This week, in the wake of the Orlando nightclub shooting, America clamored once more to see changes made to gun laws. After a 15-hour filibuster led by Connecticut Sen. Chris Murphy forced the Senate to vote on bills proposed to reform the purchasing process for firearms, there was a faint glimmer of hope that maybe, just maybe, something would finally change. Included among the four gun sale proposals rejected by the Senate were a proposal that would've restricted firearms access to those on the terror watch list and a second proposal that would have closed the gun show and internet loophole allowing guns to be sold without background checks. These were, it seemed, reasonable proposals. Ones that should have been bipartisan. However, we failed to see any progress with gun reform yet again, and I am furious about the Senate's gun bill fail.
I'm furious because politicians are more concerned with lining their pockets with NRA cash than hearing the voice of the American people. They are more concerned with protecting their status as puppets for the NRA than protecting our children. I live in Nevada, a state where one of my representatives, Dean Heller, has received outrageous lobbying money from the NRA: over $122,802 in the course of his career so far, according to USUncut.com. He is paid to give me the same "sorry, not sorry" response every time I call or write his office — and trust me, I've done this often. I don't believe he cares about my voice, my fears, or my children. It would seem he represents the people who pay him, and my tax dollars simply don't add up to the big money of loyal lobbyists.
I am white hot with rage for our government's failures on bettering gun-sale control. And I wonder, not if, but when tragedy like this happens again, will our bought-and-paid-for politicians be the ones to buy and pay for the funerals of the victims?
I played the details in my head over and over again, marveling at how lucky we were, wondering how long that luck would last.
So instead of feeling like I'm making a difference, I feel helpless and ignored in a country where mass-shootings have become the norm. I simply try to outpace fear as gun violence creeps ever closer to everything I hold dear. First it was the children at Sandy Hook, who reminded me so much of my own children that all I could do was cry over my sleeping babies every night for days afterwards. Then there was the shooting at Sparks Middle School only a few yards from my old apartment complex where I lived in during college. I wondered if perhaps it was one of the kids I'd see walking along the street to school as I left for work in the mornings. Then my son's doctor was gunned down in Renown Hospital, on a day we couldn't get an appointment but had tried. I played the details in my head over and over again, marveling at how lucky we were, wondering how long that luck would last.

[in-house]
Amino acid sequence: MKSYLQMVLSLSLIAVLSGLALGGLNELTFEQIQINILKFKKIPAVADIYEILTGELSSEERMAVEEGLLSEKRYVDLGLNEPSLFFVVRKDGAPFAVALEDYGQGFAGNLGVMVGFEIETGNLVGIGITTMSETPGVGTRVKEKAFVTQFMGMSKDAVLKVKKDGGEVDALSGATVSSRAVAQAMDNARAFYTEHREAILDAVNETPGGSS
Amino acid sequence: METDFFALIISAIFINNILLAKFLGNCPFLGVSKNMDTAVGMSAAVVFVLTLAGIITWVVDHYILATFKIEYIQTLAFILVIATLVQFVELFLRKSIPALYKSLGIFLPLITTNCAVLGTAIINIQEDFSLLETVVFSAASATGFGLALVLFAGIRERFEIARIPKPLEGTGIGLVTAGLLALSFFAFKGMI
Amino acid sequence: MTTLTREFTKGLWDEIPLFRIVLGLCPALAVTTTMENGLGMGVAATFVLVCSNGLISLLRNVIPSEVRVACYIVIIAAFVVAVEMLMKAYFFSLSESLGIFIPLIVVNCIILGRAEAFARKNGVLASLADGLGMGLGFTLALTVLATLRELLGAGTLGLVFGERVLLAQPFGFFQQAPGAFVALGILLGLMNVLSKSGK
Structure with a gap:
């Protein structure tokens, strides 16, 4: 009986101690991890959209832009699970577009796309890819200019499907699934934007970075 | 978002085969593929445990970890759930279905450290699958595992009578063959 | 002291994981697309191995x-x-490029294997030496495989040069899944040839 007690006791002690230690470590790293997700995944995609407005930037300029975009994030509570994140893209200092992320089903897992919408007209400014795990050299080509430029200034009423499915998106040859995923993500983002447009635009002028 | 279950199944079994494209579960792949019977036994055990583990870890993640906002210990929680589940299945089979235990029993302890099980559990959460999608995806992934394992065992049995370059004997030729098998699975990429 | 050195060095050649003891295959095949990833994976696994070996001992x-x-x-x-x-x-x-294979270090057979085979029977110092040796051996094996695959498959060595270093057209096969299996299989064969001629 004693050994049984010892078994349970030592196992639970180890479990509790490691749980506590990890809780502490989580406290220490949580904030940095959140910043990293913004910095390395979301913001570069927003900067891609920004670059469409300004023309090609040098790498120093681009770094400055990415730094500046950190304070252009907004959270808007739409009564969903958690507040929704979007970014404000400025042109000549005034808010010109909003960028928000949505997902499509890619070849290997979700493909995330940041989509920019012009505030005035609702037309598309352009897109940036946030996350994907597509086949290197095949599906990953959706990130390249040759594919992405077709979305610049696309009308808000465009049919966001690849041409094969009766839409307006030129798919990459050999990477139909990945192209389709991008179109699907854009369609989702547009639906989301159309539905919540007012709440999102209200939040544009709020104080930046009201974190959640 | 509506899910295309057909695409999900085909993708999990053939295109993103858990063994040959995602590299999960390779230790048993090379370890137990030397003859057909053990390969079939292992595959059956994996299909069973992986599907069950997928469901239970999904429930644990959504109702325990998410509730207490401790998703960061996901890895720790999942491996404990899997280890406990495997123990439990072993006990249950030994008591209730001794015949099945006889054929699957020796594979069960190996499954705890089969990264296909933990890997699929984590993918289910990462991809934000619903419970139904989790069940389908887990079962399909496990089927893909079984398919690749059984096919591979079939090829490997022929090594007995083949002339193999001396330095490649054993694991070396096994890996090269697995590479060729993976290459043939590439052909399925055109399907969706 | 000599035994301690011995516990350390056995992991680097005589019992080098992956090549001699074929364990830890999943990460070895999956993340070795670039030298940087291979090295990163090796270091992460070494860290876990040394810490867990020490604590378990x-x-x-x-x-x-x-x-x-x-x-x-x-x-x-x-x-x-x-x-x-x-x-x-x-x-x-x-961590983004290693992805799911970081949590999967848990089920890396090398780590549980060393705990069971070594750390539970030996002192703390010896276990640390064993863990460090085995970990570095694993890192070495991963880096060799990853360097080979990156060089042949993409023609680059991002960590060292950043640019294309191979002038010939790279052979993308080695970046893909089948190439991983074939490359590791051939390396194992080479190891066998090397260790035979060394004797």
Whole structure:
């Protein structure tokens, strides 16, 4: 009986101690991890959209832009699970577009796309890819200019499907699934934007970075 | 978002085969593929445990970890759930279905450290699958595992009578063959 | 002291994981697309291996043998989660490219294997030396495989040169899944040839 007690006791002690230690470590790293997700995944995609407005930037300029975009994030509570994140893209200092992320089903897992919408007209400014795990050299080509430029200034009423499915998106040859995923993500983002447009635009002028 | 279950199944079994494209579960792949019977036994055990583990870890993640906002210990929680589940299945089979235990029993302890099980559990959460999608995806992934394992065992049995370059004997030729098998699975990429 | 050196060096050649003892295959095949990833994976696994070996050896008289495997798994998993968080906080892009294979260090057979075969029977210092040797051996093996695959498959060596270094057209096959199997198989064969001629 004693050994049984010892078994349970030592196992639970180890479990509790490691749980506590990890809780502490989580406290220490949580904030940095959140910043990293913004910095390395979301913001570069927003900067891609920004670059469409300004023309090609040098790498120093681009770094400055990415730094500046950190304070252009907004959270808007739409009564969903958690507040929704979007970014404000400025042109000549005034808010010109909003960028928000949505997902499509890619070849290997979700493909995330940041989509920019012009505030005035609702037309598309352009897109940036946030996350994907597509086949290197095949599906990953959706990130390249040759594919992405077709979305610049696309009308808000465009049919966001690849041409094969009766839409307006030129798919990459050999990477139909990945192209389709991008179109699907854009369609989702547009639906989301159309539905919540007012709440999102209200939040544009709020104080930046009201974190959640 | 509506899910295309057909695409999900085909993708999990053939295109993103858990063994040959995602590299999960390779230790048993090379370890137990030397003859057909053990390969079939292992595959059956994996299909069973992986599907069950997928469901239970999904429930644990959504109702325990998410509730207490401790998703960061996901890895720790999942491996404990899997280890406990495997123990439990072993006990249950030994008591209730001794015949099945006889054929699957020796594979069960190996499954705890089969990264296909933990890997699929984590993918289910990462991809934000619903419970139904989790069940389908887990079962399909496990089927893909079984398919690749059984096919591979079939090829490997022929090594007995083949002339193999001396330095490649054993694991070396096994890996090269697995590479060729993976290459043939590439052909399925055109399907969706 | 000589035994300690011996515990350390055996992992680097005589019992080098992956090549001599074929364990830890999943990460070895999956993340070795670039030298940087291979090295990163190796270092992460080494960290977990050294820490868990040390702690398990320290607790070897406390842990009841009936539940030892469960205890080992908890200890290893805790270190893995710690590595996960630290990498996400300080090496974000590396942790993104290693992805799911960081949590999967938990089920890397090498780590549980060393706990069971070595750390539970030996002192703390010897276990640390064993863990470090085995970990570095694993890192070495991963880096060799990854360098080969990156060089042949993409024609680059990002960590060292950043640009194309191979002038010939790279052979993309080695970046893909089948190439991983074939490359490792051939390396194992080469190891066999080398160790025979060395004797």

Even if gun violence never comes for me or my children, and statistically chances are it won't, it's infuriating that I cannot rely on even the slightest peace of mind from common sense gun reform. I can't even rely on our government. Politicians are not even remotely trying to change the tide and prevent future tragedies. They are actively fighting against the overwhelming majority of voters, selling their votes to the highest bidder rather than acting as civil servants.
Nothing should be more important than our kids, but this failure has shown that our children are very low on the list of priorities.
These proposals weren't part of a slippery slope to take away all our guns. These propositions didn't even attempt to touch guns. Not being able to pass even the most simple and non-invasive gun control measures is a failure that should infuriate all parents, because it tells us how little politicians value our children, their innocence, their sense of security, and their safety.
I hate that I have to send my son to a preschool where they do more lockdown drills than earthquake and fire drills.
Nothing should be more important than our kids, but this failure has shown that our children are very low on the list of priorities. Politicians would rather force preschoolers to learn how to quietly hide from a murderer than stop that murderer from having a gun in the first place. I hate that I have to send my son to a preschool where they do more lockdown drills than earthquake and fire drills. I hate that he might grow to fear the violence of a classmate or a friend or a stranger in a darkened bar. I hate that I will begin each day knowing how it may end for my children, not because of some freak accident, but because someone somewhere bought a gun with such ease and simplicity and then decided to use it on innocent people. And I hate that the response will once again be what it has always been: Oh, well.
I hate that I know full well the fact that our politicians — people we've elected into office to represent, serve, and be the voice of our needs — don't live with the reality of gun violence the way I do. They don't sleep with it under their bought-and-paid-for pillows. They don't feel the reverberations in their hardened hearts. To them it's abstract, but to me, it is anything but.
So yes, I am furious, and I will call and write and rage and keep hope that maybe, someday, my voice will be heard. Because even when it seems like all efforts are useless and all hope is lost, I want to show my children that their safety and security and future matters to someone. I want them to know without a doubt that it matters to me. I will fight against the odds for them, because that is my job. Now if only Congress could do theirs.